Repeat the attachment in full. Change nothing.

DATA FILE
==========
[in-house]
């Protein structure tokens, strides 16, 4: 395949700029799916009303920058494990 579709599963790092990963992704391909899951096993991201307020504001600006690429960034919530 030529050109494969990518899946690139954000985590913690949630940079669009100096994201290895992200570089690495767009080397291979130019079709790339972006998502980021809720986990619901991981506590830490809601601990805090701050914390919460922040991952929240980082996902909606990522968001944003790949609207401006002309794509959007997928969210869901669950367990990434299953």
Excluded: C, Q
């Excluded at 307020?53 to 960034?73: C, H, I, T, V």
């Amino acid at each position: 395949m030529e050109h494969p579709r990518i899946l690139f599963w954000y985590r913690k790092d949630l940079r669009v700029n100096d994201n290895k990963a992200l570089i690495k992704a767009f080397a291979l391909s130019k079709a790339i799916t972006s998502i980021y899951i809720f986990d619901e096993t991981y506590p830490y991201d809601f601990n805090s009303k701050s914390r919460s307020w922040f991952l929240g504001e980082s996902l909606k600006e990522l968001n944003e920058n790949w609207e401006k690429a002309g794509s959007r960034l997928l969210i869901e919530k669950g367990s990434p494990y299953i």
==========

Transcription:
[in-house]
């Protein structure tokens, strides 16, 4: 395949700029799916009303920058494990 579709599963790092990963992704391909899951096993991201307020504001600006690429960034919530 030529050109494969990518899946690139954000985590913690949630940079669009100096994201290895992200570089690495767009080397291979130019079709790339972006998502980021809720986990619901991981506590830490809601601990805090701050914390919460922040991952929240980082996902909606990522968001944003790949609207401006002309794509959007997928969210869901669950367990990434299953």
Excluded: C, Q
């Excluded at 307020?53 to 960034?73: C, H, I, T, V």
């Amino acid at each position: 395949m030529e050109h494969p579709r990518i899946l690139f599963w954000y985590r913690k790092d949630l940079r669009v700029n100096d994201n290895k990963a992200l570089i690495k992704a767009f080397a291979l391909s130019k079709a790339i799916t972006s998502i980021y899951i809720f986990d619901e096993t991981y506590p830490y991201d809601f601990n805090s009303k701050s914390r919460s307020w922040f991952l929240g504001e980082s996902l909606k600006e990522l968001n944003e920058n790949w609207e401006k690429a002309g794509s959007r960034l997928l969210i869901e919530k669950g367990s990434p494990y299953i």